Oppenheimer claimed the reimbursement of accounts was inconsistent with Prudential's claim that it had no successor-in-interest liability. Oppenheimer further argued that "Prudential ... waived any right [it] may have had to claim that it did not assume [TMS] liabilities...." Addressing Oppenheimer's "waiver" argument, the court ruled that evidence relating to the Saddlebrook incident was inadmissible based on Oppenheimer's failure to properly serve Prudential with an executed subpoena by which Oppenheimer obtained evidence of the reimbursements. Further, the court found that the evidence of reimbursement would be inadmissible pursuant to Fed.R.Evid. 408. Finally, the court found that, even if admissible, the Saddlebrook incident was totally unrelated to Oppenheimer's claim of successor liability and provided no issue of fact with respect to Prudential's liabilities for TMS transactions. As a result, the court granted Prudential's motion for summary judgment with respect to the TMS transactions. The court dismissed the remainder of Oppenheimer's claims relating to her Prudential transactions because Oppenheimer was unable to support her allegations of misrepresentations regarding those transactions.

Addressing Oppenheimer's breach of fiduciary duty claims, the court found the facts pled by Oppenheimer in support of those claims insufficient to establish the existence of any fiduciary duty. The court specifically noted that Oppenheimer failed to identify any specific acts which would impose liability on Prudential for any acts of Green. Because no contract existed between Oppenheimer and Prudential or Green, the court dismissed her breach of contract claims. Finally, the court dismissed her negligence claims because she failed to state a cause of action for negligence against Prudential. Oppenheimer appealed.

I. Successor-In-Interest Liability

On appeal, Oppenheimer challenges the district court's decision to grant Prudential's motion for summary judgment on the issue of successor-in-interest liability. She argues that the court erred when it: (1) determined that evidence of the Saddlebrook incident was inadmissible as a result of Oppenheimer's failure to properly serve Prudential with notice of her subpoena to the New York Stock Exchange ("NYSE"); (2) found that evidence of Prudential's decision to settle claims arising from the Saddlebrook incident was inadmissible under Fed.R.Evid. 408; (3) determined that Prudential's decision to pay victims of the Saddlebrook incident did not result in a waiver of its right to claim that it had not assumed the liabilities of TMS; and (4) held that the Asset Purchase Agreement did not indicate that Prudential assumed the liabilities of TMS.

We conduct a de novo review of a district court's grant of summary judgment. Fireman's Fund Ins. Co. v. Murchison, 937 F.2d 204, 207 (5th Cir.1991). No deference is given to the district court and all reasonable inferences from the evidence must be resolved in favor of the nonmovant. United States v. Diebold, Inc., 369 U.S. 654, 655, 82 S.Ct. 993, 994, 8 L.Ed.2d 176 (1962).

We will assume, arguendo, that Oppenheimer properly served Prudential with notice of the subpoena duces tecum, and that Fed.R.Evid. 408 did not preclude the admission of evidence relating to the Saddlebrook incident. However, we agree with the district court's conclusion concerning Oppenheimer's waiver argument.

The Saddlebrook incident did not involve any alleged misrepresentations of a registered representative in connection with the purchase and sale of securities. It is an incident totally unrelated to the claims being made by Oppenheimer in the instant case and presents no issues of fact with respect to Prudential's liabilities for TMS transactions. Consequently, ...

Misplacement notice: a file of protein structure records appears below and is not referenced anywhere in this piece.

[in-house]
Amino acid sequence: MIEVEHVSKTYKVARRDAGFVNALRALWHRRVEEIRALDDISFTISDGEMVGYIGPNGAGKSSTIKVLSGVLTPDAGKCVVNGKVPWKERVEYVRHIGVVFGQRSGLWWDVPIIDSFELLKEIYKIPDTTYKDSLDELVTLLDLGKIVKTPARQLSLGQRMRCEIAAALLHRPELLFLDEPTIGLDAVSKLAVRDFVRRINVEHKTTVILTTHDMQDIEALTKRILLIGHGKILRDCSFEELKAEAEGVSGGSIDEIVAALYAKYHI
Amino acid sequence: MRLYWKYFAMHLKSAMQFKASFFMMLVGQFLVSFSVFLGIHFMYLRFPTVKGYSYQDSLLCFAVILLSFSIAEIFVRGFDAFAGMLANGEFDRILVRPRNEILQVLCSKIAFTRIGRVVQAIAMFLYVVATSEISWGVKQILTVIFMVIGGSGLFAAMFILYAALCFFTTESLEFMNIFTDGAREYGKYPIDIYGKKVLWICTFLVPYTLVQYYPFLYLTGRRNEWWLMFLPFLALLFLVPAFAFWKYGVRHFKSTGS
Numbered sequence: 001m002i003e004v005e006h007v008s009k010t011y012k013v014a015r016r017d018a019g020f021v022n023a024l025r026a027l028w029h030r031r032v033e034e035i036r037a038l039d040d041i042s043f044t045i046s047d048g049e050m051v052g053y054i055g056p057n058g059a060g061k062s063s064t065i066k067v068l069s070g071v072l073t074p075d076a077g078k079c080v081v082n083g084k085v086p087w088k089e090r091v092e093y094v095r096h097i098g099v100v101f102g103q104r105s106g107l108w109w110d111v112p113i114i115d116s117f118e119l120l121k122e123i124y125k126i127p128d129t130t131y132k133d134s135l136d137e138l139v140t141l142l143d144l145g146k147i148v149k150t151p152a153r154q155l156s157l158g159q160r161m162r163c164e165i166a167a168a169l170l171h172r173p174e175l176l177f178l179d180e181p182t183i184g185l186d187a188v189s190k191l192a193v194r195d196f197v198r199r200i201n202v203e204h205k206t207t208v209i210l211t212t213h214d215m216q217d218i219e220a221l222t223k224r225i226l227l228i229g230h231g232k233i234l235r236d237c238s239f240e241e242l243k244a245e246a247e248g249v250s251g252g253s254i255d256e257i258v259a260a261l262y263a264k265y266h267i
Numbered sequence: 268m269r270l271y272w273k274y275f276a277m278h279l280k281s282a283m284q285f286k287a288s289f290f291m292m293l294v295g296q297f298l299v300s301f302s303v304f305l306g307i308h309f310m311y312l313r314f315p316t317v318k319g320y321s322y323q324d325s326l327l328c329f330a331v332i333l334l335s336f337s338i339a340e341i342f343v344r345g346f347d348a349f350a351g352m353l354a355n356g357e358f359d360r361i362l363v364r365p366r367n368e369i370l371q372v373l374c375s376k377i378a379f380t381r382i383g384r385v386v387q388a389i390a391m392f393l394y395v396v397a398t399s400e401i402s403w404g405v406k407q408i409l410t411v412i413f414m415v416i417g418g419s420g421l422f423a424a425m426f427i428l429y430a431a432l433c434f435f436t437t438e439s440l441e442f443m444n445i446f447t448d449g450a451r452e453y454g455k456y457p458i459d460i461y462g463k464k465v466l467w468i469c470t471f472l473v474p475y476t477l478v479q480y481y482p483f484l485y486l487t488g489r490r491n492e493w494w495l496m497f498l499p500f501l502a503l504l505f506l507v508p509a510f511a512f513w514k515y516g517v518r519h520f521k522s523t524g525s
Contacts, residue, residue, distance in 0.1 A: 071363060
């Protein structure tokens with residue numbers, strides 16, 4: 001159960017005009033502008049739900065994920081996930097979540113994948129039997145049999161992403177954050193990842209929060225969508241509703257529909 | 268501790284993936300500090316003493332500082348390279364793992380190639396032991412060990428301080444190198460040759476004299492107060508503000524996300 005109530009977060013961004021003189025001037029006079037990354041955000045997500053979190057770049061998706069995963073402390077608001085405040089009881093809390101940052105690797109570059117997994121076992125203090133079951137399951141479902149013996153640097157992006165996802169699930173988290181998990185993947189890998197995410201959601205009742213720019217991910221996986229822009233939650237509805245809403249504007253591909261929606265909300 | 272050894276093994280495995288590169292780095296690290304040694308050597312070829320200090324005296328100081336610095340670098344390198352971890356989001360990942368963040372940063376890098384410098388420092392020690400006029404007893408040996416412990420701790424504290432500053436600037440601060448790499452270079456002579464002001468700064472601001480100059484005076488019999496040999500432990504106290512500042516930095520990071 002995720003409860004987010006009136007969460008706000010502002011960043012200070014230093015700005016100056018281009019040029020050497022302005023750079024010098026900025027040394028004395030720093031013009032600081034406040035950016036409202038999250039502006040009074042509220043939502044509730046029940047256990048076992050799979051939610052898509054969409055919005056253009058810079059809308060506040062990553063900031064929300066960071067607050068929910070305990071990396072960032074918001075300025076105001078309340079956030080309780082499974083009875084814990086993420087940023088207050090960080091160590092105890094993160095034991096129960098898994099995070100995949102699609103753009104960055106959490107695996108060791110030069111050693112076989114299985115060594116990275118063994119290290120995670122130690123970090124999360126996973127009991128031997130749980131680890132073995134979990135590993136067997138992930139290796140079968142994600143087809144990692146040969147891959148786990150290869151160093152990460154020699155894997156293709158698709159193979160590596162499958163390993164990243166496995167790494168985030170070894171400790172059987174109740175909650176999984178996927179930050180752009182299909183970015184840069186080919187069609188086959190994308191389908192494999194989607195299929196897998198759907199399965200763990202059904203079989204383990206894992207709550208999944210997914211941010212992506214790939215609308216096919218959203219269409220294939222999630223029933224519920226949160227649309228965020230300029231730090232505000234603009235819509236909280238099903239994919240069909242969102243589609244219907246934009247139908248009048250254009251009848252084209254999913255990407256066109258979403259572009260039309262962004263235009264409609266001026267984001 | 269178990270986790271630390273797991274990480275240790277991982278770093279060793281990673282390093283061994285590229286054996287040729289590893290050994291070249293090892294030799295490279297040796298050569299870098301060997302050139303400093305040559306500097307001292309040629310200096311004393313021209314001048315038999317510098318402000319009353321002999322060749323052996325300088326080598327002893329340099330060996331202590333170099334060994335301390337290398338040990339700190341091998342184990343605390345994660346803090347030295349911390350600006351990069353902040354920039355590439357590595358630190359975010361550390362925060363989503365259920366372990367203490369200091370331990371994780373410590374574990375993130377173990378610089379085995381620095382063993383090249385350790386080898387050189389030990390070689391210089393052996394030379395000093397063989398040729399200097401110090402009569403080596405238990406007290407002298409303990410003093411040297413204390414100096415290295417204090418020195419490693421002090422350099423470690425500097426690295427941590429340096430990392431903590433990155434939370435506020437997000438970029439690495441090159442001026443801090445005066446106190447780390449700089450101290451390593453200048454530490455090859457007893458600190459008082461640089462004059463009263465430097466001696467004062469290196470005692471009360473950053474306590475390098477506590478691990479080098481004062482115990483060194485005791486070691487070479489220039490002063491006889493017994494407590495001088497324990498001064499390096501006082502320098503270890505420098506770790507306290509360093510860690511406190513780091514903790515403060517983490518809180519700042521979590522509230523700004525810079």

To continue reading

Request your trial
269 cases
  • Cage v. Davis (In re Giant Gray, Inc.)
    • United States
    • United States Bankruptcy Courts. Fifth Circuit. U.S. Bankruptcy Court — Southern District of Texas
    • October 22, 2020
    ...a right to relief above the speculative level.") (citations omitted).40 Fed. R. Civ. P. 9(b) ; see Oppenheimer v. Prudential Sec. Inc. , 94 F.3d 189, 195 (5th Cir. 1996) (upholding district court's dismissal of fraud claims where the plaintiff failed to allege when an allegedly fraudulent s......
  • Young v. Nationwide Life Ins. Co., Civil Action No. G-97-628.
    • United States
    • United States District Courts. 5th Circuit. United States District Courts. 5th Circuit. Southern District of Texas
    • April 27, 1998
    ...or omission, and (5) the plaintiff suffered damage resulting from this reliance. Oppenheimer v. Prudential Securities Inc., 94 F.3d 189, 194 (5th Cir.1996); Shores v. Sklar, 647 F.2d 462, 468 (5th American Century argues that Plaintiffs' Rule 10b-5 claim fails for two reasons: first, there ......
  • Apani Southwest, Inc. v. Coca-Cola Enterprises, CIV.A.5:00-CV-228-C.
    • United States
    • United States District Courts. 5th Circuit. United States District Courts. 5th Circuit. Northern District of Texas
    • January 8, 2001
    ...at 25. Further, the allegations in the complaint should be construed favorably to the pleader. Oppenheimer v. Prudential Securities, Inc., 94 F.3d 189, 194 (5th Cir. 1996). This requirement is consistent with the well-established policy that the plaintiff be given every opportunity to state......
  • De Pacheco v. Martinez
    • United States
    • United States District Courts. 5th Circuit. United States District Courts. 5th Circuit. Southern District of Texas
    • June 29, 2007
    ...that allegations in the complaint be taken as true. Ramming, 281 F.3d at 161 (citing Oppenheimer v. Prudential Securities Page 783 Inc., 94 F.3d 189, 194 (5th Cir.1996)). Further, the plaintiff should be given every opportunity to state a claim. Id. (citing Hitt, 561 F.2d at III. Discussion......
  • Request a trial to view additional results

VLEX uses login cookies to provide you with a better browsing experience. If you click on 'Accept' or continue browsing this site we consider that you accept our cookie policy. ACCEPT